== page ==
We all love playing games. Don’t we? Learning new words is also akin to playing a game. It can be a fun and exciting journey of discovery. Besides enhancing your vocabulary it makes you articulate. Have you ever wondered if there are words in the English language that have the same spelling and pronunciation but have different meanings? Or, if there are words that mean the same things or words that mean opposite things?
Yes, there are such words. And they are called homonyms, synonyms, and antonyms respectively. Do you find something in common between these terminologies? You guessed it right. It’s NYM. “Nym” derives from the Greek word for name or word.
The suffix -nym or -onym is attached to the end of a root word thus forming a new compound word. These compound words are often used to describe a person, place, or thing. For example, the root word “acro” is combined with the suffix “nym” to form “acronym”, which is used to describe an abbreviation formed from the initial letters of other words. For example, the acronym “WHO” stands for “World Health Organisation”.
Cafe Converse, Delhi’s leading Spoken English Institute shares a few of the nyms in this article that can make your speech or an article more interesting.
Let’s start with the most common ones:
Acronym— It is a kind of abbreviation formed from the initial letters of the words in a phrase and is always written in capital letters. They make life much easier when it comes to remembering long names or phrases. Acronyms are often used in the medical and scientific fields, as well as in the military. They are also widely used in text messaging and online chat.
Examples: PETA stands for People for the Ethical Treatment of Animals
ASAP stands for As Soon As Possible
Synonym refers to a word or phrase that has the same or nearly the same meaning as another word or phrase in the same language. They are used to avoid repetition and add variety to a piece of writing. For example, a synonym for sad is “depressed”, and a synonym for happy is “elated”.
Antonym is a word that has the opposite meaning of another word. For example, the antonym of ‘happy’ is ‘sad.’ Antonyms can be used to describe different shades of meaning and to add nuance to language.
Homonym is a word that has the same spelling and pronunciation as another word but has a different meaning. For example, the words “right” and “write” are homonyms. Homonyms can be either homophone, which are words that sound the same but have different meanings, or homographs, which are words that have the same spelling but different meanings. For instance, the words “fair” can be a homophone, meaning a fun event, or a homograph, meaning light in color or just.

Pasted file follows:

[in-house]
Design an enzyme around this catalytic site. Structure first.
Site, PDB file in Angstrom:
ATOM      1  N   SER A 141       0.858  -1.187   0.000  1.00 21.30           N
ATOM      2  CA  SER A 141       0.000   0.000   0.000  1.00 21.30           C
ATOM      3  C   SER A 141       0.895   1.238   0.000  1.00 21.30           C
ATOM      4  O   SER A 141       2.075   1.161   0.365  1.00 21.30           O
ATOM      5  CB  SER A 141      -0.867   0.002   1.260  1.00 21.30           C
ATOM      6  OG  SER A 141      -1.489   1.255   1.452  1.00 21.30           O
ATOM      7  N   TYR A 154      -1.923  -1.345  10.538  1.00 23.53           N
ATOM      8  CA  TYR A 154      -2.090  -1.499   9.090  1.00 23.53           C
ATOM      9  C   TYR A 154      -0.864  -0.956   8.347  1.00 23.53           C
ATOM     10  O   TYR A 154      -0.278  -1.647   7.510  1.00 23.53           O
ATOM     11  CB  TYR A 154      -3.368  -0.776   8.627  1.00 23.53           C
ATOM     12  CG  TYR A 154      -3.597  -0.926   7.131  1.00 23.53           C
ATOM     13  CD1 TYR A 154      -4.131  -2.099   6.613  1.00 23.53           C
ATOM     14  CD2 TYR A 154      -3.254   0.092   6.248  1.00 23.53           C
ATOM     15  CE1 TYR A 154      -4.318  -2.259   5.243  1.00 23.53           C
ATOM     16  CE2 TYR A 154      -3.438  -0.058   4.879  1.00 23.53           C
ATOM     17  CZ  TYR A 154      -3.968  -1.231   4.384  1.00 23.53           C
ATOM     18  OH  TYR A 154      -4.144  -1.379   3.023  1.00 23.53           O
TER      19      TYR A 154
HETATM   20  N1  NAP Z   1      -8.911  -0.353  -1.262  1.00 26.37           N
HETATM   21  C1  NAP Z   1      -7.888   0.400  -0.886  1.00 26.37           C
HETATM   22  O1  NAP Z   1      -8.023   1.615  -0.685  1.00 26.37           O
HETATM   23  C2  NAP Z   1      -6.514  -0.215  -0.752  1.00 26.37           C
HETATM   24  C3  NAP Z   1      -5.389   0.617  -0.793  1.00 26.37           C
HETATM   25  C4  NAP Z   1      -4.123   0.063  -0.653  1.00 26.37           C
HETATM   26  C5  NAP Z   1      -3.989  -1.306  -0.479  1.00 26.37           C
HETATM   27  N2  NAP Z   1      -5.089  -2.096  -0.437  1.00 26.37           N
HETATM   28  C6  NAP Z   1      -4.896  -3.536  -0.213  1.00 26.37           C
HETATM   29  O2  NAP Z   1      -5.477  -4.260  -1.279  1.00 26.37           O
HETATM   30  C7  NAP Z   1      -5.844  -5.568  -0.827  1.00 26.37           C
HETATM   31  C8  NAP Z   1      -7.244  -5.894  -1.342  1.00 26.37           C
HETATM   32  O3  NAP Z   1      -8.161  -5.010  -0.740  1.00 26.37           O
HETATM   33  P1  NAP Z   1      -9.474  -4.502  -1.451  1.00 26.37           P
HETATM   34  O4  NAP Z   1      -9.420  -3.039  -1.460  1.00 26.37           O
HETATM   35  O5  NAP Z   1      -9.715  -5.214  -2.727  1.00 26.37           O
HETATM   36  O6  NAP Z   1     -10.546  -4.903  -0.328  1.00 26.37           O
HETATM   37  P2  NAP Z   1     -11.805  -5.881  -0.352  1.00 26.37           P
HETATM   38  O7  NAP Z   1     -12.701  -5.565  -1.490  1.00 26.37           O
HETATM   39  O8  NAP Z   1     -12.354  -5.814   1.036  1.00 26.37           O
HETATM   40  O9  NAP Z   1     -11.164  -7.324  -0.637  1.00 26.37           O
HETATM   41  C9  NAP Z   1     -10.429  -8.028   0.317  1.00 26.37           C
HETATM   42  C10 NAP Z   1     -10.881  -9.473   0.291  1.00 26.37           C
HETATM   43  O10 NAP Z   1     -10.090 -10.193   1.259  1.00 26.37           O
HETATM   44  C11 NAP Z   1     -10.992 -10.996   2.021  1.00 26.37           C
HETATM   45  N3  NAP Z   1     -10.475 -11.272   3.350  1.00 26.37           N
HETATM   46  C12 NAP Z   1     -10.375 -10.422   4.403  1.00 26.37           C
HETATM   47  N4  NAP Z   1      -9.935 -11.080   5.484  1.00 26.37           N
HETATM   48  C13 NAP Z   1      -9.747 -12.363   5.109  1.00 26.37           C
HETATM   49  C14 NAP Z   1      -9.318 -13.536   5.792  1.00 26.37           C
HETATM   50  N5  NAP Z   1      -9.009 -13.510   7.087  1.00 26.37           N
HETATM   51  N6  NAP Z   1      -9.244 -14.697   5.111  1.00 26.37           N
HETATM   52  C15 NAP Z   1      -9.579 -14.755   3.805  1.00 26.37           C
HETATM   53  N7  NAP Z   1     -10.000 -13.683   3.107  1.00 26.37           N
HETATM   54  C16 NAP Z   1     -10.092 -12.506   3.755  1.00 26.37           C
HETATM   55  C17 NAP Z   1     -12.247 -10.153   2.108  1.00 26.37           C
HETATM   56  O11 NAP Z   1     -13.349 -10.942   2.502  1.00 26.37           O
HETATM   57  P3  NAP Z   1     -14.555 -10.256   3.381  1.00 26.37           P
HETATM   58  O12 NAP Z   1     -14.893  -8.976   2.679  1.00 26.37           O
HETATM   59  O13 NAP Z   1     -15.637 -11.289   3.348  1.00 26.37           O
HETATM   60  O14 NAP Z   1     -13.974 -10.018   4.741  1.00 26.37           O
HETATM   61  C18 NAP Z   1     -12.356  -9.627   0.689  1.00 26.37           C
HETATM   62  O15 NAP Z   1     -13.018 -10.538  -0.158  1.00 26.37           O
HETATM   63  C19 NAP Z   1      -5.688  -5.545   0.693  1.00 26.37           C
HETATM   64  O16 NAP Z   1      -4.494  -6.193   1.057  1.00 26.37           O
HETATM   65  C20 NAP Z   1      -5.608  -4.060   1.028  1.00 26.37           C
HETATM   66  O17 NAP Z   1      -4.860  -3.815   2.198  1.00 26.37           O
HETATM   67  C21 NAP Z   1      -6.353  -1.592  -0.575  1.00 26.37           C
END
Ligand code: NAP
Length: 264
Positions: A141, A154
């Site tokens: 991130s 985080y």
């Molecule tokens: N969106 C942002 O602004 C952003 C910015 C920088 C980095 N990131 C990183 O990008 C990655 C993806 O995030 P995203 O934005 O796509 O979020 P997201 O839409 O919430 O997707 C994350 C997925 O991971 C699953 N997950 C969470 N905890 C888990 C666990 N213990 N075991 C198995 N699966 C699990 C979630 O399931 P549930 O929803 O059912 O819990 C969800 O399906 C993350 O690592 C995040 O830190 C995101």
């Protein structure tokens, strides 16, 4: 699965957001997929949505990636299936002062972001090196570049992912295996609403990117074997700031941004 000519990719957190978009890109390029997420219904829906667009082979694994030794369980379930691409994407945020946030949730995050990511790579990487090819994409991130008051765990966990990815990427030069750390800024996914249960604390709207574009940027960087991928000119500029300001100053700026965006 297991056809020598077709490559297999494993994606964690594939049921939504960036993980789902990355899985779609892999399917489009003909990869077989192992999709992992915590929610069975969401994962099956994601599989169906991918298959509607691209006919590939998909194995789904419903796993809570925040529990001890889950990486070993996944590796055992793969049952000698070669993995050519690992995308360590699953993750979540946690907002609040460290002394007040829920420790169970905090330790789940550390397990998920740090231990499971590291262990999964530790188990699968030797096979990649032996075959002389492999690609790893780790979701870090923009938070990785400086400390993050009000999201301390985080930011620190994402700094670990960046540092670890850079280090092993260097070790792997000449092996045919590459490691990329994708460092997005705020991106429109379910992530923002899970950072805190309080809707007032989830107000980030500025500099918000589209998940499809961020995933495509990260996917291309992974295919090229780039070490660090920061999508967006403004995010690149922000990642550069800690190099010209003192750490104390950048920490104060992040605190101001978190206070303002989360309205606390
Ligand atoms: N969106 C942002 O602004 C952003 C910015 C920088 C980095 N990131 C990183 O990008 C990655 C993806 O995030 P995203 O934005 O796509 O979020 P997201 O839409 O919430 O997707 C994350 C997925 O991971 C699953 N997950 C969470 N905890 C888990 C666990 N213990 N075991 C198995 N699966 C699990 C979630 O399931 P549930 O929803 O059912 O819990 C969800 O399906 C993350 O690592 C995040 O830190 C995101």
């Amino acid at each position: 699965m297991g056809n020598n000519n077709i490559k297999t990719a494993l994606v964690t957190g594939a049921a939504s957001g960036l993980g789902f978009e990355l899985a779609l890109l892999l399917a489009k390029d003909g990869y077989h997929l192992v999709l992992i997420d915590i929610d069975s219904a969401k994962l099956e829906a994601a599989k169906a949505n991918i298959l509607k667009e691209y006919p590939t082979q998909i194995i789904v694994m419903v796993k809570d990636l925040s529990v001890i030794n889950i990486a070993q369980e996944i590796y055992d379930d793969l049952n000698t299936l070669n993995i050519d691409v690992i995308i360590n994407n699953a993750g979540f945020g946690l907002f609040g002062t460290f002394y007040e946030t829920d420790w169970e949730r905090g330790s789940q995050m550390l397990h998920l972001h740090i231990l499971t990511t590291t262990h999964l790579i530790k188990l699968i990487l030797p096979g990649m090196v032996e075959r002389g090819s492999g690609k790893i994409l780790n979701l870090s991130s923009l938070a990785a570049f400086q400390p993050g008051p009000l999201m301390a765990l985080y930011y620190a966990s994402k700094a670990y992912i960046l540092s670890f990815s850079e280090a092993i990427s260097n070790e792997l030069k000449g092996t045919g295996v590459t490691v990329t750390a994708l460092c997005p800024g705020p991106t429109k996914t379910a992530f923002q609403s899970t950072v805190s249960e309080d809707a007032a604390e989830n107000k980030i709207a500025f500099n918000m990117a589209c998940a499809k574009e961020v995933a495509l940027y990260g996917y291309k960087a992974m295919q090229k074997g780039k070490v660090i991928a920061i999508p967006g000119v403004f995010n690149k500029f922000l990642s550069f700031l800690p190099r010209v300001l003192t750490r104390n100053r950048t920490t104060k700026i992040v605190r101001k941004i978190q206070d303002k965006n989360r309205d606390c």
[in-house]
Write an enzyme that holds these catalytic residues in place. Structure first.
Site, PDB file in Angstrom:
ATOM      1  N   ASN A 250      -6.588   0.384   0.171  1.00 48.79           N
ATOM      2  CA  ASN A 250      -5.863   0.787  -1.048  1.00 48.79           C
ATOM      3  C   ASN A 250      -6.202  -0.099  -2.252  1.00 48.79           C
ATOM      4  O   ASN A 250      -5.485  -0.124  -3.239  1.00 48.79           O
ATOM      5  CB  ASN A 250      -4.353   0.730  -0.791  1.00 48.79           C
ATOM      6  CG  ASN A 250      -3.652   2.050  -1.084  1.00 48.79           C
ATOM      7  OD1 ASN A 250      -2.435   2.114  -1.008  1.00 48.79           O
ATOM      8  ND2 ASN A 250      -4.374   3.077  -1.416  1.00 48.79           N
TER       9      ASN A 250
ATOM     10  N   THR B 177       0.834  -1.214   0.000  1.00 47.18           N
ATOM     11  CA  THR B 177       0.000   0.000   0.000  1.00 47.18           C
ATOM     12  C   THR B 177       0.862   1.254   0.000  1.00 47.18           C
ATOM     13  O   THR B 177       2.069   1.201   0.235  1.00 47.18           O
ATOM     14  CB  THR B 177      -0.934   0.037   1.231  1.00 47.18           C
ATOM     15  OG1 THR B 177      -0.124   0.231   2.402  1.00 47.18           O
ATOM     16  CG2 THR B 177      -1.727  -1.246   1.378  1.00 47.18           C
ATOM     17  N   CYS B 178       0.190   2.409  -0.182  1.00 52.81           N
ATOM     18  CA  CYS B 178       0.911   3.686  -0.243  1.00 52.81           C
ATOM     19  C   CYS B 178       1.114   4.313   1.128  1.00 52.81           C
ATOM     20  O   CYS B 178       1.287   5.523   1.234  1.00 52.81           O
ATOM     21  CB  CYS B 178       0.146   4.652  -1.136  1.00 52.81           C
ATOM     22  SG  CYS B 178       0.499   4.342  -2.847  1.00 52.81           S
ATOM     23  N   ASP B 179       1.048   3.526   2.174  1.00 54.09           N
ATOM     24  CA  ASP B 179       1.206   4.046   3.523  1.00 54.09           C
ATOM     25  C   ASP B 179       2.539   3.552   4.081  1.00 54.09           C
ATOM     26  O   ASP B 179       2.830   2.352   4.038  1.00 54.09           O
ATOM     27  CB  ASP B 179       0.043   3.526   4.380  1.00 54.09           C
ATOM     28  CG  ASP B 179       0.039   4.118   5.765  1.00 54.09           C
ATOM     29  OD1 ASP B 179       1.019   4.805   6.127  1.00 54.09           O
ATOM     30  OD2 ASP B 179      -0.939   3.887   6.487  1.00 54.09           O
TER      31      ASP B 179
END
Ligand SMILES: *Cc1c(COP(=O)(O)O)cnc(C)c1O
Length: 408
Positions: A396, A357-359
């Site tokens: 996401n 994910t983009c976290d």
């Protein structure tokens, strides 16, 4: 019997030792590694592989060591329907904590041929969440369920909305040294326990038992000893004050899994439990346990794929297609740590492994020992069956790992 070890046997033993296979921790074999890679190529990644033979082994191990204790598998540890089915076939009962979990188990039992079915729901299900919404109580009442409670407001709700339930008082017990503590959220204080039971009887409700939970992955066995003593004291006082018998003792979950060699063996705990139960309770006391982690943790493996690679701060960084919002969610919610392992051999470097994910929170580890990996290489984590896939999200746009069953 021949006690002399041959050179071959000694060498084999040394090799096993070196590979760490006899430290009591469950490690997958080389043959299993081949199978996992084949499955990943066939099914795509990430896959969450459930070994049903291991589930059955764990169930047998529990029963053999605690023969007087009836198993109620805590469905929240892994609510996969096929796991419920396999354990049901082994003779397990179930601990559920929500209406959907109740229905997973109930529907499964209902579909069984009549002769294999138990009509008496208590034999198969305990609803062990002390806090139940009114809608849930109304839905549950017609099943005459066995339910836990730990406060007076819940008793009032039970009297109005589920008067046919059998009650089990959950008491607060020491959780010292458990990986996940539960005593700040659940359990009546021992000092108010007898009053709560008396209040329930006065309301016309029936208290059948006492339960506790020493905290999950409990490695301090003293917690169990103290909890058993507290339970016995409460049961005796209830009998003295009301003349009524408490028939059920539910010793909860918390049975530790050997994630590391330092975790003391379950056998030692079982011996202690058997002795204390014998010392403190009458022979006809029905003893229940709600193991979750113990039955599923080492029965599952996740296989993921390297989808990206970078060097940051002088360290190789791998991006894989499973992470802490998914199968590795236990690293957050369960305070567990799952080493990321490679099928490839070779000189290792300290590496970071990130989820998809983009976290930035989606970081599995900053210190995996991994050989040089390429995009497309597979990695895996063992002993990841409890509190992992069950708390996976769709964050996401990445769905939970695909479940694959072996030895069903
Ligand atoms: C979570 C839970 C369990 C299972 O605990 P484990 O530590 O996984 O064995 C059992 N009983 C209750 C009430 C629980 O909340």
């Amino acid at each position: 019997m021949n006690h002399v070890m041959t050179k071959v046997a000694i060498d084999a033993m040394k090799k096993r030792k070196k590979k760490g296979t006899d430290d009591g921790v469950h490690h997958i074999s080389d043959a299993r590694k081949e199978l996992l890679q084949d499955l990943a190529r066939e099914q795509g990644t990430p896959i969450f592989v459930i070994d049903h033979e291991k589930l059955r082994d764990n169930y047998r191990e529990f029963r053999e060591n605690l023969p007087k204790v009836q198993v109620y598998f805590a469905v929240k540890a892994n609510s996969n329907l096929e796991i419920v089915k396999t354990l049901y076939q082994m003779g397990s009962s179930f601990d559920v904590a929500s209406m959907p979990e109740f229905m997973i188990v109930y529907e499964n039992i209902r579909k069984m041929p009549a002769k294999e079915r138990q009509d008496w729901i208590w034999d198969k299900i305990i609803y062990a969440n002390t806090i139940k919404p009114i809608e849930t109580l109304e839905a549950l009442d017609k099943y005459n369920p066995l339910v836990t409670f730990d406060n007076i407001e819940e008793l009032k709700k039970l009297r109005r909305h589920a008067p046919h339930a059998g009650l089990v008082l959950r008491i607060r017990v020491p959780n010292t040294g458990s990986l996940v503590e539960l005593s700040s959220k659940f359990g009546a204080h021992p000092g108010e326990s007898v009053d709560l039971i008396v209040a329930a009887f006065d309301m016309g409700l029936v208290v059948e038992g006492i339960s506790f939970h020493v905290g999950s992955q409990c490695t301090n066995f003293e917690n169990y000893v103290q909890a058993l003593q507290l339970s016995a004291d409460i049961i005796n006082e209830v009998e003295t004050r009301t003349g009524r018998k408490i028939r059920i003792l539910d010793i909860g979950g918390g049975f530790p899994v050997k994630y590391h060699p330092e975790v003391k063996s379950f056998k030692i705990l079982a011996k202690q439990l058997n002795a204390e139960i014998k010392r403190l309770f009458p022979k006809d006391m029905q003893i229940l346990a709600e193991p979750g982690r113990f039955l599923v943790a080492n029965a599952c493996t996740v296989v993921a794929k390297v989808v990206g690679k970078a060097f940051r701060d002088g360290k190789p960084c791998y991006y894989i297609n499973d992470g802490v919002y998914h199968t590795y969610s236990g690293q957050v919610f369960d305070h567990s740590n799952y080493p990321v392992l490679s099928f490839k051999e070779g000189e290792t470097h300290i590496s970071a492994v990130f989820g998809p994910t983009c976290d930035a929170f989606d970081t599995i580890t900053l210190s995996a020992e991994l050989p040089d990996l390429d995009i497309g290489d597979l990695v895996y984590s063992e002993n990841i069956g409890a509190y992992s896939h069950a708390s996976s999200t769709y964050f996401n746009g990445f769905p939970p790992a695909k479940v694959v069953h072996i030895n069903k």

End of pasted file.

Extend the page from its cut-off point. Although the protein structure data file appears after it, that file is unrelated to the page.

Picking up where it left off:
Heteronym is a type of word that is spelled the same way but has a different pronunciation and meaning. For example, the word “bow” can refer to a weapon used to shoot arrows or to a gesture of respect. Heteronyms are also known as homographs.
Let’s take a look at the other -nyms:
Antagonym or Contronym is a word that has the same spelling and pronunciation but has different definitions which makes them contradictory. For instance, the word anxious can mean either worried or excited.
Apotronym is a term used when someone’s name is particularly suited for their profession. For example, a doctor named Doris Cure or a lawyer named Justin Case. This phenomenon is often seen as a coincidence but it can also be intentional. It adds humor to a piece of writing.
Capitonym is a type of homonym where a word changes its meaning when it is capitalized. For example, the word “March” can mean a month of the year when capitalized or the act of marching when it is not capitalized-“march”.
Eponym is a term derived from a person’s name. It is used to refer to something that was created or discovered by that person, such as the term “Parkinson’s Disease” for the neurological disorder first described by James Parkinson.
These are just a few of the nyms in the English language. Keep exploring and you will find many more to add to your vocabulary.
Ms Sonu Goel is a professionally acclaimed certified ESL trainer from British Council having 15 years of strong background for teaching English language in both online and physical classes. She is dedicated to the teaching of English in an interactive and practical way, whereby learners feel enriched with knowledge and experience the language hands-on. She uses creative ideas and aids to let the learning happen as organically and efficiently as possible. Ms Goel has travelled various European countries and experienced an array of cultures and linguistic skills for the English language.